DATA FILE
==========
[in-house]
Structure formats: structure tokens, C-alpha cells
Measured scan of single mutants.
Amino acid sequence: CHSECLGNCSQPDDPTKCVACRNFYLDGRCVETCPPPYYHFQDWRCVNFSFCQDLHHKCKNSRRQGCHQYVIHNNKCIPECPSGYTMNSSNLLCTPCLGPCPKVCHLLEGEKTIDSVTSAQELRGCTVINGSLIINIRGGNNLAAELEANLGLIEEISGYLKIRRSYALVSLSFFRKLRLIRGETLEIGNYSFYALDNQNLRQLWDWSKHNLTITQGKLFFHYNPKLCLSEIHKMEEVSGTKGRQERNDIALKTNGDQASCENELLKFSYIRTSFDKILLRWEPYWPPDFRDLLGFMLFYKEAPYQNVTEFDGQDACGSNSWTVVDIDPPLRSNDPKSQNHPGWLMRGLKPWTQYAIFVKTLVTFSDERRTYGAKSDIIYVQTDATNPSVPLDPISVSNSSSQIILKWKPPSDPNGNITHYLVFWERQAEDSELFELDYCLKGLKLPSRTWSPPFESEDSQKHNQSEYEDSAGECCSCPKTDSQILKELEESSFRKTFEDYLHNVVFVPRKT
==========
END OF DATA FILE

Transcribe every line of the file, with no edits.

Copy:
[in-house]
Structure formats: structure tokens, C-alpha cells
Measured scan of single mutants.
Amino acid sequence: CHSECLGNCSQPDDPTKCVACRNFYLDGRCVETCPPPYYHFQDWRCVNFSFCQDLHHKCKNSRRQGCHQYVIHNNKCIPECPSGYTMNSSNLLCTPCLGPCPKVCHLLEGEKTIDSVTSAQELRGCTVINGSLIINIRGGNNLAAELEANLGLIEEISGYLKIRRSYALVSLSFFRKLRLIRGETLEIGNYSFYALDNQNLRQLWDWSKHNLTITQGKLFFHYNPKLCLSEIHKMEEVSGTKGRQERNDIALKTNGDQASCENELLKFSYIRTSFDKILLRWEPYWPPDFRDLLGFMLFYKEAPYQNVTEFDGQDACGSNSWTVVDIDPPLRSNDPKSQNHPGWLMRGLKPWTQYAIFVKTLVTFSDERRTYGAKSDIIYVQTDATNPSVPLDPISVSNSSSQIILKWKPPSDPNGNITHYLVFWERQAEDSELFELDYCLKGLKLPSRTWSPPFESEDSQKHNQSEYEDSAGECCSCPKTDSQILKELEESSFRKTFEDYLHNVVFVPRKT